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South Africa’s 2022 will still pack a punch despite smaller grape crop

Published:  06 June, 2022

The annual South African Wine Harvest Report suggests that the 2022 vintage “will wow consumers with exceptional quality wines," albeit from a smaller grape crop than in 2021. 

The harvest time was delayed by 10 to 14 days due to cold temperatures. According to Conrad Schutte, consultation manager for Vinpro: “A cool-season and moderate weather conditions in most regions during harvest time slowed down ripening, which allowed vines to develop stunning flavour and colour in this year’s wine grape crop,”

The smaller wine grape crop can be attributed to a decline in the overall vineyard area due to the uprooting of vineyards, disease pressure caused by untimely rainfall just before or during harvest time, and isolated cases of sunburn as a result of heatwaves in certain regions.  

Schutte added: “South Africa’s wine industry is spread over a wide range of cultivation areas with diverse climatic conditions that affect the harvest differently in each region.”

Most grape-growing regions yielded a smaller crop, except for the Cape South Coast and Stellenbosch regions. 

The wine production for 2022 – including juice and concentrate for non-alcoholic purposes, wine for brandy and distilling wine – is expected to amount to 1 072.4 million litres at an average recovery of 778 litres per ton of grapes. 

"Despite harvest 2022 being slightly more challenging for our winemakers, we have already had the opportunity to taste some of the first releases of white wines, which have shown superb quality and are likely to aid the premiumisation of the category,” said Siobhan Thompson, CEO of WoSA (Wines of South Africa).  

“While we are still seeing a continued interest in South African Sauvignon Blanc and Chardonnay, the continued challenges faced by exporters due to the global shipping chain constraints is somewhat of a dampener, which the industry hopes to mitigate in due time.” 

South Africa is the eighth biggest wine producer worldwide and accounts for 4% of the world’s wine. The wine industry contributes more than R55 billion to the country’s gross domestic product (GDP) and employs close to 269 000 people throughout the value chain, of which more than 80 000 work on farms and in cellars.

Overview of regions 


The 2022 season was late and drawn out and will be remembered for extremes, including a cool growing season and a sudden heat peak in February. As a result, the crop will likely be slightly smaller than the record harvest in 2021.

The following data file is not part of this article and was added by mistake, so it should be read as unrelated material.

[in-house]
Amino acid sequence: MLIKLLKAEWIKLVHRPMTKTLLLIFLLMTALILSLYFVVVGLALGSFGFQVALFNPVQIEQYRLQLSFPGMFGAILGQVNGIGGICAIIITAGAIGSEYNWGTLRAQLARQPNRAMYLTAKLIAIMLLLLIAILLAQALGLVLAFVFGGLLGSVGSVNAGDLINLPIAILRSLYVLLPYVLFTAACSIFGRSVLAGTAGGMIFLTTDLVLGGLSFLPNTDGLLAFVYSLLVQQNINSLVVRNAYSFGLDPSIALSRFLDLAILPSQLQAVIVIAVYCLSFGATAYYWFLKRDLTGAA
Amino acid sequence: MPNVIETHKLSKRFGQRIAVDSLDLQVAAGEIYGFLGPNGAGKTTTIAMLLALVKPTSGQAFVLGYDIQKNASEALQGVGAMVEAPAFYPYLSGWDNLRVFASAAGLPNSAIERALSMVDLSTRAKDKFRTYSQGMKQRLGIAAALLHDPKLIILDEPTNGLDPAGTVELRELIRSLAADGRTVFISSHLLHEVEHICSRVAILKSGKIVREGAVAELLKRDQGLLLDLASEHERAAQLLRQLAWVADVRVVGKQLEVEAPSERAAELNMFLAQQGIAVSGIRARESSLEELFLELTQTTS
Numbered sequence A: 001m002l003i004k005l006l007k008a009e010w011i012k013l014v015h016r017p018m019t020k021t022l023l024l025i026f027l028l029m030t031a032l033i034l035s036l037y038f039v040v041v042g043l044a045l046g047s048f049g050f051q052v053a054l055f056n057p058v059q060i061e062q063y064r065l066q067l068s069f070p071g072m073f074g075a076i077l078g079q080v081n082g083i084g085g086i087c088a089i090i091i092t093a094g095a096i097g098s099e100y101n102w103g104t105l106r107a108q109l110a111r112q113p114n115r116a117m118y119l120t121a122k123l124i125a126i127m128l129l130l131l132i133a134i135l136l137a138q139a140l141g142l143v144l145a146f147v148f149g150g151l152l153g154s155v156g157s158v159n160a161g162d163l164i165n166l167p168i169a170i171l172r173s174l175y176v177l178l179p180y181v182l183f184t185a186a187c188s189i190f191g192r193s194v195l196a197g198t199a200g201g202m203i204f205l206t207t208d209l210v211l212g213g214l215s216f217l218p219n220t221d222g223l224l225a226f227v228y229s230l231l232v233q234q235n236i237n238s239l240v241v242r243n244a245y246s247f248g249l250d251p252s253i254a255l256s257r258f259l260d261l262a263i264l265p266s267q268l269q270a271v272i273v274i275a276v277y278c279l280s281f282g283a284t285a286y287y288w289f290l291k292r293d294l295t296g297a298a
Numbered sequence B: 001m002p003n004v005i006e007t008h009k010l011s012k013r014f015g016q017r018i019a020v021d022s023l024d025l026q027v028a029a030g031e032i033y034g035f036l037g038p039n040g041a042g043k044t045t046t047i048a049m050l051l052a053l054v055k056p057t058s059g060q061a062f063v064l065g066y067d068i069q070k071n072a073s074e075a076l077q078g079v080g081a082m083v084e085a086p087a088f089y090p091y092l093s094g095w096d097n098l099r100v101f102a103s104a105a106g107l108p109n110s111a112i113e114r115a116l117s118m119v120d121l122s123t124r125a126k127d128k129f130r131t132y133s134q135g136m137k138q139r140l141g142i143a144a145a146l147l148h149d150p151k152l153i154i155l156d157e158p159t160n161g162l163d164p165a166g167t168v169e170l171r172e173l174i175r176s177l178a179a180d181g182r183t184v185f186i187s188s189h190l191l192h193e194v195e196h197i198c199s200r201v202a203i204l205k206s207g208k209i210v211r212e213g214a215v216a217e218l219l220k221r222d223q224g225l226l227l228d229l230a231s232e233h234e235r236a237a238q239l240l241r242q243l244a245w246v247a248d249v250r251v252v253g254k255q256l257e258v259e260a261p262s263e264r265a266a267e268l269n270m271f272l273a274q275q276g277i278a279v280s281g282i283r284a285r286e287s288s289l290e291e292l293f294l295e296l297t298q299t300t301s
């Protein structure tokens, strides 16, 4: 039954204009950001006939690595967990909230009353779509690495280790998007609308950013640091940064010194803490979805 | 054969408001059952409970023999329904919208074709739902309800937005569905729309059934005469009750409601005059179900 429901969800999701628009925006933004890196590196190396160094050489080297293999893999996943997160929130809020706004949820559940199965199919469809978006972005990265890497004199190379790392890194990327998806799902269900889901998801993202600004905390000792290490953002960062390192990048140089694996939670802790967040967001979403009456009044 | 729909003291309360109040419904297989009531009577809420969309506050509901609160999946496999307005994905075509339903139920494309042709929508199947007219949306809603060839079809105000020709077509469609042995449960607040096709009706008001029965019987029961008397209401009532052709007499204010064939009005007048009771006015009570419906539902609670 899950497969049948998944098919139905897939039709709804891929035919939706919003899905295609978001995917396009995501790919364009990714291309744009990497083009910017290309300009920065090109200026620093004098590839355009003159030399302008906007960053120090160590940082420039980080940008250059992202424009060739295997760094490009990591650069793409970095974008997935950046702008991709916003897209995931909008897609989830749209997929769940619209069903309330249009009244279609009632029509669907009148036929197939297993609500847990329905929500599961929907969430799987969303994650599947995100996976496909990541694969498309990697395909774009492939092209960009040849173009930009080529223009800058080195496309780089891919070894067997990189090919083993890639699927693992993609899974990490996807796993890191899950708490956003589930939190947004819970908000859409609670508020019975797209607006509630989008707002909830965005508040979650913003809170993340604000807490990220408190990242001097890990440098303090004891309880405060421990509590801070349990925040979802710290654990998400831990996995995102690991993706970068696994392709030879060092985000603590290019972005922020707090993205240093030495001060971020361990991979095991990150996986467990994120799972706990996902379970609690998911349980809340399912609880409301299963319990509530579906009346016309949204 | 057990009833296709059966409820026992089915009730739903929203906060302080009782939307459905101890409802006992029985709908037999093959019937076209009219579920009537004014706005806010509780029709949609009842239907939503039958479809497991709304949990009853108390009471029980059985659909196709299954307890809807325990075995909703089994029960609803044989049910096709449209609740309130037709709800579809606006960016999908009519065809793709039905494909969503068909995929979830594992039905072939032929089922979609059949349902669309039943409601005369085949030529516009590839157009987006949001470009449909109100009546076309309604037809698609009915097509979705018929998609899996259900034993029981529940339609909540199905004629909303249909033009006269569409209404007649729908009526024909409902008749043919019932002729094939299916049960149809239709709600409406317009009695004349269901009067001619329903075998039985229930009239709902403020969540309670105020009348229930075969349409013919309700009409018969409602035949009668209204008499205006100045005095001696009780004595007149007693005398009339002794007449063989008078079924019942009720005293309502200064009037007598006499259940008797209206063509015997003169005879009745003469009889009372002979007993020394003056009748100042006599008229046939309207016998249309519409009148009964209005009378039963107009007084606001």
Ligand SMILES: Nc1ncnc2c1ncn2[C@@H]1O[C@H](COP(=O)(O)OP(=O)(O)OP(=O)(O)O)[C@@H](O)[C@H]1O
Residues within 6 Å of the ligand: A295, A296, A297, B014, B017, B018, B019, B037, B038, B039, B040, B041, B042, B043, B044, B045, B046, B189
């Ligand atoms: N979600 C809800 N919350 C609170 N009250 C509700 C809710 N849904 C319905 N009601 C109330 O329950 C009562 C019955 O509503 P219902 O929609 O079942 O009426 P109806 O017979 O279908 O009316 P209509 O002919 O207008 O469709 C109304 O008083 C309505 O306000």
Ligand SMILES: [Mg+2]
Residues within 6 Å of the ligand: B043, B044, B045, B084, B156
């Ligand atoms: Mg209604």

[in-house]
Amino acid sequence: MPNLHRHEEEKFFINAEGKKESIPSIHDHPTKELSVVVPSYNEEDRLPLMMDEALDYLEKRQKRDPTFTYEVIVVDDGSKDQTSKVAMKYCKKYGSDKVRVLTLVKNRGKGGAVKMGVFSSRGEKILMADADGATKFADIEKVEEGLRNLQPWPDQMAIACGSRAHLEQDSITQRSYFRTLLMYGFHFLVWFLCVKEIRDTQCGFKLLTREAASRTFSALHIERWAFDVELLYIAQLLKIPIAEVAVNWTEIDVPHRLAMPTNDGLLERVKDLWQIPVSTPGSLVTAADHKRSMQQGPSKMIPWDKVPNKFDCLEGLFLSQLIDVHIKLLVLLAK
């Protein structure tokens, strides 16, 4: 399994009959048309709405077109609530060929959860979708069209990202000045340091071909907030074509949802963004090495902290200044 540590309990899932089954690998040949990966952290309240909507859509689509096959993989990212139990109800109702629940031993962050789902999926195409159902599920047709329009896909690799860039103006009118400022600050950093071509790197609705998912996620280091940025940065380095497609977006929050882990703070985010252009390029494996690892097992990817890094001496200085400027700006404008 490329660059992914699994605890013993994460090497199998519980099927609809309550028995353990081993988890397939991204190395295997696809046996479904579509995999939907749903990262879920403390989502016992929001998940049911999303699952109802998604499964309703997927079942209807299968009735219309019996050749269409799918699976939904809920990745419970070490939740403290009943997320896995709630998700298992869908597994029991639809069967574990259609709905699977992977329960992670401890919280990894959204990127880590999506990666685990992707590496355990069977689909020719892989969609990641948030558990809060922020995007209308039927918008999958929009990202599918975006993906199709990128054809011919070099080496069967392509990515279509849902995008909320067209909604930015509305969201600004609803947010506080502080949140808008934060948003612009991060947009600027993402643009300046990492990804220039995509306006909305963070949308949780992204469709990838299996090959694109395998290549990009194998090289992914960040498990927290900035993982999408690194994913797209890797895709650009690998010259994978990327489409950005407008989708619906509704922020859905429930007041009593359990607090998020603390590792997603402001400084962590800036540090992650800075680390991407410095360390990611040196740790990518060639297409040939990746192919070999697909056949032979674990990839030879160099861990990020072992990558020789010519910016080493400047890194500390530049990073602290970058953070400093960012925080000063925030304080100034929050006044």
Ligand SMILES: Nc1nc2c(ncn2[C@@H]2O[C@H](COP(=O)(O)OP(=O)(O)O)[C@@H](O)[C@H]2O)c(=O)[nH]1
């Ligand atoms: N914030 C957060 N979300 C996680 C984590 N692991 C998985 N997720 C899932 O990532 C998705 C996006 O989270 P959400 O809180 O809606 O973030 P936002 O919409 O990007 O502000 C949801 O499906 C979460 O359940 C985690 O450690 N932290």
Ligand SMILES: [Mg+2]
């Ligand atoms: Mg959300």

Cape South Coast 

Availability of water, in conjunction with ideal winter conditions, laid the foundation for an exceptional season, despite challenges due to fungal pressure and cool, wet weather during summer months. As a result, the wine grape crop is expected to be somewhat larger than in 2021. 

Klein Karoo 

The 2022 vintage in the Klein Karoo region will be remembered for its late harvest, and although the crop may be smaller than in 2021, producers expect good quality wines. 

Northern Cape 

One of the toughest seasons in years for wine grape producers along the Orange River, characterised by above-average rainfall, high disease pressure and flood risks. Yields were much lower than normal, but producers remain hopeful that they will produce a larger crop in 2023. 

Olifants River 

A challenging season due to high disease pressure, heatwaves, and uneven ripening; however, producers who followed good management practices faced significantly fewer challenges and could boast good yields. As a result, the region’s wine grape crop was smaller than in 2021.  


The 2022 vintage will be remembered for a cool season, followed by a sudden temperature spike from January, which contributed to a smaller wine grape crop than last year. Nevertheless, where good vineyard practices were followed, vineyard blocks delivered exceptional grape analyses and wine quality. 


Although smaller than the record crop of 2021, this vintage still boasts an above-average yield and quality. The season was extremely drawn out with several challenges, but producers were fortunate to have sufficient irrigation water. 


Ideal winter conditions that supplemented water reserves and contributed to even growth provided an excellent foundation for the 2022 crop, which is expected to be larger than the 2021 crop. Judging by the quality of the wines currently in the cellars, the region anticipates another classic Stellenbosch vintage. 


Harvest time started later than normal due to cool weather conditions until the end of December, followed by extremely hot weather during harvest time that accelerated ripening and placed pressure on cellar capacity. As a result, the average yield is lower than the previous year, but promising wines are underway. 


The 2022 harvest started later than usual due to a cool growing season. As a result, the crop was smaller than in 2021 but still above average for the region. Wine quality seems promising, and consumers can expect outstanding red wines.